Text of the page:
While the new facility is innovative and may boost the crypto market, the system is fraught with risk. While the P2P platforms appear to give a solution to those who want to enter or exit crypto, tread cautiously.
On 6 July, the banking transaction door shut on crypto currency exchanges in India. As the three-month window that the central bank had given to all banks and RBI-regulated entities to wind down transactions with crypto exchanges came to an end, the crypto market in India suffered a setback and crypto money enthusiasts were left without a cash-out of their investments.
The never-say-die Indian entrepreneurs shifted to crypto trading only, allowing investors to continue to trade in crypto currencies but without the facility of exchanging their holdings for rupees through a bank. But that, it appears, was only the first step. At least two crypto exchanges—WazirX and Koinex—have now come up with another way to enable crypto-rupee trading.
Before we tell you what’s the facility and how you can use it, remember that despite several rounds of discouragement by the government and the RBI, crypto currencies are still not illegal. In fact, a high-level committee headed by Subhash Chandra Garg, secretary, department of economic affairs of the ministry of finance, is expected to firm up some recommendations for crypto regulations soon.
While the new facility is innovative and may boost the crypto market, the system is fraught with risk.
The new crypto-rupee trading facility
WazirX and Koinex have launched peer-to-peer platforms to facilitate entry and exit in crypto currency using Indian rupees.
“If you are a new entrant to the crypto ecosystem, you can purchase a crypto asset directly by transferring INR to a seller. That is your first entry point. Similarly, you can exit by selling it in exchange for INR,” said Rahul Raj, co-founder and CEO, Koinex, whose P2P platform is called Koinex Loop.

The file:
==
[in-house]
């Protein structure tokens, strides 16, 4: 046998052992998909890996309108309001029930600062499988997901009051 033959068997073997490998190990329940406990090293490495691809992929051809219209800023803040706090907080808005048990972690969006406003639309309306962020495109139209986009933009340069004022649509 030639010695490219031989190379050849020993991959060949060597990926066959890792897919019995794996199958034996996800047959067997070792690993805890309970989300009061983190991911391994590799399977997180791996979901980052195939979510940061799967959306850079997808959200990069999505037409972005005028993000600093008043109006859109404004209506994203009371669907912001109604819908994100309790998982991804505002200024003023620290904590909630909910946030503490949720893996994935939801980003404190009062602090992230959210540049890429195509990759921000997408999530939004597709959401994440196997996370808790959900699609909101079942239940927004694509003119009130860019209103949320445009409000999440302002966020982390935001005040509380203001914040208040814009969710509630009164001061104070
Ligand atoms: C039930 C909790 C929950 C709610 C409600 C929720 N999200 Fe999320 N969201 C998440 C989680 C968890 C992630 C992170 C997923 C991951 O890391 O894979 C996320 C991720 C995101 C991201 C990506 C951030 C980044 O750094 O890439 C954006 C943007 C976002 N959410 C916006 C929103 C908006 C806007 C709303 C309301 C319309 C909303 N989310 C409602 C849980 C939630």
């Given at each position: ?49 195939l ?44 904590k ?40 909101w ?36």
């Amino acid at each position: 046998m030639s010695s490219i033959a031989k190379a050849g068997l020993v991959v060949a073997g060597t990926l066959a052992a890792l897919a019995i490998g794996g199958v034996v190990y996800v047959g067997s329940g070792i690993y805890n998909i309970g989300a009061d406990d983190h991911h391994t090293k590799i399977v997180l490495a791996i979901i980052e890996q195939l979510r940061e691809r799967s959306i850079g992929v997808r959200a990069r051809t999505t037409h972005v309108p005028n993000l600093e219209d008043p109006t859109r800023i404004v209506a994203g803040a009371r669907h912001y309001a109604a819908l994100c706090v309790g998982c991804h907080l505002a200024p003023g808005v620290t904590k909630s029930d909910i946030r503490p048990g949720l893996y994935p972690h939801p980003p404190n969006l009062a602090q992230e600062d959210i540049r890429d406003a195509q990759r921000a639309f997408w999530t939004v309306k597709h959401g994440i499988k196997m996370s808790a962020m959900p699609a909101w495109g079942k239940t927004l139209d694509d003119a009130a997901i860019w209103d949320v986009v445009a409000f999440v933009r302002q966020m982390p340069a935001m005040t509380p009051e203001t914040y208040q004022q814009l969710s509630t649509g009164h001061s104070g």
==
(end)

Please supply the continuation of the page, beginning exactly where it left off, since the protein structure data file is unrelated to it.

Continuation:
Until now, a buyer would transfer money to an exchange and then buy crypto. “Now you will transfer the money to another individual and that individual’s crypto will be transferred to you by the exchange. This would bypass the need of dealing with an exchange through a bank account. You will deal with the bank account of the buyer or the seller,” said Nischal Shetty, founder and CEO, WazirX. Koinex and WazirX are offering the P2P service free of cost.
The exchanges claim that the buyer or seller won’t need to interact with the other party. The exchange will facilitate the sharing of information required for the transfer.
When the seller places a sell request, her crypto asset will go into the exchange’s custody. The exchanges already have the seller’s bank account details as they take that information upfront when a person opens an account with them. The seller has the option to choose among online modes of payment, including NEFT, IMPS and UPI, through which she wants to receive the payment in exchange for crypto holdings. The exchange then shares the required information with a prospective buyer, and asks the buyer to transfer a certain amount to a specific bank account (the seller’s account) through the chosen mode of payment.